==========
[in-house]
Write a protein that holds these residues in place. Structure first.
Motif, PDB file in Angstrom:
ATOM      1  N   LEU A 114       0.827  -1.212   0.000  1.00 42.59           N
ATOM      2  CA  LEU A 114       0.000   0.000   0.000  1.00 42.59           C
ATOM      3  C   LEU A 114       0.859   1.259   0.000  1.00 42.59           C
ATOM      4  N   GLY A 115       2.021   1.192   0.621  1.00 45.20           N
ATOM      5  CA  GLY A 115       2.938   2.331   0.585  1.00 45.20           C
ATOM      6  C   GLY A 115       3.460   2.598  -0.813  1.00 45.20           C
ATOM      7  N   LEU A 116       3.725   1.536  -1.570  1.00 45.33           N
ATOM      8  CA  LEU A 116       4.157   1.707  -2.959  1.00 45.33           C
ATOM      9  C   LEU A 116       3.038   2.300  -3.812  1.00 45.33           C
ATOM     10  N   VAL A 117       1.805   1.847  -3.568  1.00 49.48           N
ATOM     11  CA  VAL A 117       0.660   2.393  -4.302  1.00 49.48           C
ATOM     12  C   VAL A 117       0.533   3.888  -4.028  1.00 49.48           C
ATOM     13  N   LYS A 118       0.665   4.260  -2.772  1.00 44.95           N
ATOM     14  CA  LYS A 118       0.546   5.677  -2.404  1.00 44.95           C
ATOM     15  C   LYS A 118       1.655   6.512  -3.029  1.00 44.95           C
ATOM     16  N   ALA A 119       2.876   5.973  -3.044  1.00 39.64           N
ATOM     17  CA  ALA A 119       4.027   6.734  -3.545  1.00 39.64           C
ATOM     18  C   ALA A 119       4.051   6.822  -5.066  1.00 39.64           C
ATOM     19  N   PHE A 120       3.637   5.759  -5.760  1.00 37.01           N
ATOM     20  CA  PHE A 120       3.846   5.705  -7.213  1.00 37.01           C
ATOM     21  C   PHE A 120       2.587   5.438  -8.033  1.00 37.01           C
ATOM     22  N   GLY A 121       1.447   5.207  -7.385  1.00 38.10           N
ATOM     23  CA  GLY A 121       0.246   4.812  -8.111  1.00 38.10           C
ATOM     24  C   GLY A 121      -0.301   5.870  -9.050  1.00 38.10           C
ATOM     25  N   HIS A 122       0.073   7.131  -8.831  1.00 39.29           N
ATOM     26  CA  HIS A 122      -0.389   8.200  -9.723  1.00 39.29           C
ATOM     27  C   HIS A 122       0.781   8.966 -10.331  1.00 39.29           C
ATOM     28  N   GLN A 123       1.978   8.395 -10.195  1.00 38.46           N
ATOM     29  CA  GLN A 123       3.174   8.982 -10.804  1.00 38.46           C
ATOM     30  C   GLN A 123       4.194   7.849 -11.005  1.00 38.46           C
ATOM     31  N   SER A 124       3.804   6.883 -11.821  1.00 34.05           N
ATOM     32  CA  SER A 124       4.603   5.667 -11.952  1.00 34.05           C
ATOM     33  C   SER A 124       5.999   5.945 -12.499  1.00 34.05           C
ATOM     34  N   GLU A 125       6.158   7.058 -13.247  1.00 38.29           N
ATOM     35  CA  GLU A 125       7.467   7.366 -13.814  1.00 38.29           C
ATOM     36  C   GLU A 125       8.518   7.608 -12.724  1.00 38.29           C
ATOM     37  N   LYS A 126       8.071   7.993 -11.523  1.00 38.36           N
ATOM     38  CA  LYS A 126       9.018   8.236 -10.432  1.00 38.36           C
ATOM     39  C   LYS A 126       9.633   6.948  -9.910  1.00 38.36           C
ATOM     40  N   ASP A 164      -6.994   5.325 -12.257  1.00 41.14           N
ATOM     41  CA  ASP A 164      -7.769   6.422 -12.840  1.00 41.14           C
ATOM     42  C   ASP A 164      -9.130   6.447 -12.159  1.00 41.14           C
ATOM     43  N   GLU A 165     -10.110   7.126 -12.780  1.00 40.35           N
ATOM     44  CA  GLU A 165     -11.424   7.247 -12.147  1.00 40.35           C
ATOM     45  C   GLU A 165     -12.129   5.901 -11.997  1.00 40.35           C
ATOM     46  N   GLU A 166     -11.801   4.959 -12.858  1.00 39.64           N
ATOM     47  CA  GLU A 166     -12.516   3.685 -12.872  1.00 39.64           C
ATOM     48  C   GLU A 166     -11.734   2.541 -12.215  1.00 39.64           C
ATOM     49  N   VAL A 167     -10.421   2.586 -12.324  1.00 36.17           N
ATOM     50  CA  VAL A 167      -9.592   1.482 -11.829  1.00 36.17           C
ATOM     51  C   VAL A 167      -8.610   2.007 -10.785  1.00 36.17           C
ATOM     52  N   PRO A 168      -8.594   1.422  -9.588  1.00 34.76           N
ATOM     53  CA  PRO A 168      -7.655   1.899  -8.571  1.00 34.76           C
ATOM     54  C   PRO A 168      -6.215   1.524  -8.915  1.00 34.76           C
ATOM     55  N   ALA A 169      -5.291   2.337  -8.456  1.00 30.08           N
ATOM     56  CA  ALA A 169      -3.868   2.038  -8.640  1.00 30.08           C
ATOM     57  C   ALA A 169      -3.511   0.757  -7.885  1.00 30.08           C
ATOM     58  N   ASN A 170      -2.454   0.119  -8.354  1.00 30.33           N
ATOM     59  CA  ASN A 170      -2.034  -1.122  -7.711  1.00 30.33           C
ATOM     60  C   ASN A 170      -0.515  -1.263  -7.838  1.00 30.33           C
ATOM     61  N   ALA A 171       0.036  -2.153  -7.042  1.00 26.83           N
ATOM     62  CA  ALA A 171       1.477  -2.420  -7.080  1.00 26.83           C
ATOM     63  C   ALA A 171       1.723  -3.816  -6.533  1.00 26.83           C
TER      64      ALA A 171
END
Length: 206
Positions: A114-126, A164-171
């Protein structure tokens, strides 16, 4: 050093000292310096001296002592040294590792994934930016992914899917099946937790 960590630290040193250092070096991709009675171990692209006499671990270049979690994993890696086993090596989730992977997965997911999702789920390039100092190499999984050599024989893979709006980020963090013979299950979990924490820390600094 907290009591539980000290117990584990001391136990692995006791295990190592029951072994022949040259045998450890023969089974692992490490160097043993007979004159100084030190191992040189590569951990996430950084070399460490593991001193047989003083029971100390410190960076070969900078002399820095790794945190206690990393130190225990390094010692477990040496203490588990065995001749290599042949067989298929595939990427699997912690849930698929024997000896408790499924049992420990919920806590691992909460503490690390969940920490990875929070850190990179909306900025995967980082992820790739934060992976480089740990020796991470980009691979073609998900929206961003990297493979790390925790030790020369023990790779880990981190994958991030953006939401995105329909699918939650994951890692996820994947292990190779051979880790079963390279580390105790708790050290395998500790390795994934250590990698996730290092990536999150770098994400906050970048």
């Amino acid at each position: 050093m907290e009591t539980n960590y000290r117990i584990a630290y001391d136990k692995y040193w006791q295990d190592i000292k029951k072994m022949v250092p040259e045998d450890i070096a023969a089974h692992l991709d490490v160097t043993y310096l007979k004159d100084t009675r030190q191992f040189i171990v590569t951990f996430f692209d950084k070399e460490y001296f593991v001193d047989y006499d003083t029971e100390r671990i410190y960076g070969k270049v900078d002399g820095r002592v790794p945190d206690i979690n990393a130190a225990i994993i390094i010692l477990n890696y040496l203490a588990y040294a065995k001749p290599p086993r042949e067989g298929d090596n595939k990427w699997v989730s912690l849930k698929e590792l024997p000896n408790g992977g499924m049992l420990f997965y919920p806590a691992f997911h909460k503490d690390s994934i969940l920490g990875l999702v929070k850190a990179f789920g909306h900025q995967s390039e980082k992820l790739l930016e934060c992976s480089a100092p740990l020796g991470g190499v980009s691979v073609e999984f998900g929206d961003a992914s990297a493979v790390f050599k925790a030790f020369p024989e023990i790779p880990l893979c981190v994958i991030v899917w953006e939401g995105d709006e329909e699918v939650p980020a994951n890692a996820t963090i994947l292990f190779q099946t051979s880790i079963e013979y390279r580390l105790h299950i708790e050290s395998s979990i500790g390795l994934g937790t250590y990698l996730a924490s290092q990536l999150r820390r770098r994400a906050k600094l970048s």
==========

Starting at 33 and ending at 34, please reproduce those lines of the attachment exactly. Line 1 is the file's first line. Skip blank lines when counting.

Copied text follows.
ATOM     30  C   GLN A 123       4.194   7.849 -11.005  1.00 38.46           C
ATOM     31  N   SER A 124       3.804   6.883 -11.821  1.00 34.05           N